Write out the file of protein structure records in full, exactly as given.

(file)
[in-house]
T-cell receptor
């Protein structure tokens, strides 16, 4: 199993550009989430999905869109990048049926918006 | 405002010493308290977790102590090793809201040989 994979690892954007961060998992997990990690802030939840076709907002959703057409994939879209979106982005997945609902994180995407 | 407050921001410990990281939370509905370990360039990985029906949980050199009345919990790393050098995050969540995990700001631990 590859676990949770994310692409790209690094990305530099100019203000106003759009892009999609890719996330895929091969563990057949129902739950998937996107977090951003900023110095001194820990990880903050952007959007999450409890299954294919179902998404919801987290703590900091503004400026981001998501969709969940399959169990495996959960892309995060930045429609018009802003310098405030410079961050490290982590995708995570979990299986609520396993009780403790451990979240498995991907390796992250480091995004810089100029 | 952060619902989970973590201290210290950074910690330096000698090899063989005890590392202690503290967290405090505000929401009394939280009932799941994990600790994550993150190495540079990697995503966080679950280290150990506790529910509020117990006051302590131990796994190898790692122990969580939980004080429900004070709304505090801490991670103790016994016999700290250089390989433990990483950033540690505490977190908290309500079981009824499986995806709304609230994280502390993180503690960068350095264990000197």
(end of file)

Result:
[in-house]
T-cell receptor
């Protein structure tokens, strides 16, 4: 199993550009989430999905869109990048049926918006 | 405002010493308290977790102590090793809201040989 994979690892954007961060998992997990990690802030939840076709907002959703057409994939879209979106982005997945609902994180995407 | 407050921001410990990281939370509905370990360039990985029906949980050199009345919990790393050098995050969540995990700001631990 590859676990949770994310692409790209690094990305530099100019203000106003759009892009999609890719996330895929091969563990057949129902739950998937996107977090951003900023110095001194820990990880903050952007959007999450409890299954294919179902998404919801987290703590900091503004400026981001998501969709969940399959169990495996959960892309995060930045429609018009802003310098405030410079961050490290982590995708995570979990299986609520396993009780403790451990979240498995991907390796992250480091995004810089100029 | 952060619902989970973590201290210290950074910690330096000698090899063989005890590392202690503290967290405090505000929401009394939280009932799941994990600790994550993150190495540079990697995503966080679950280290150990506790529910509020117990006051302590131990796994190898790692122990969580939980004080429900004070709304505090801490991670103790016994016999700290250089390989433990990483950033540690505490977190908290309500079981009824499986995806709304609230994280502390993180503690960068350095264990000197």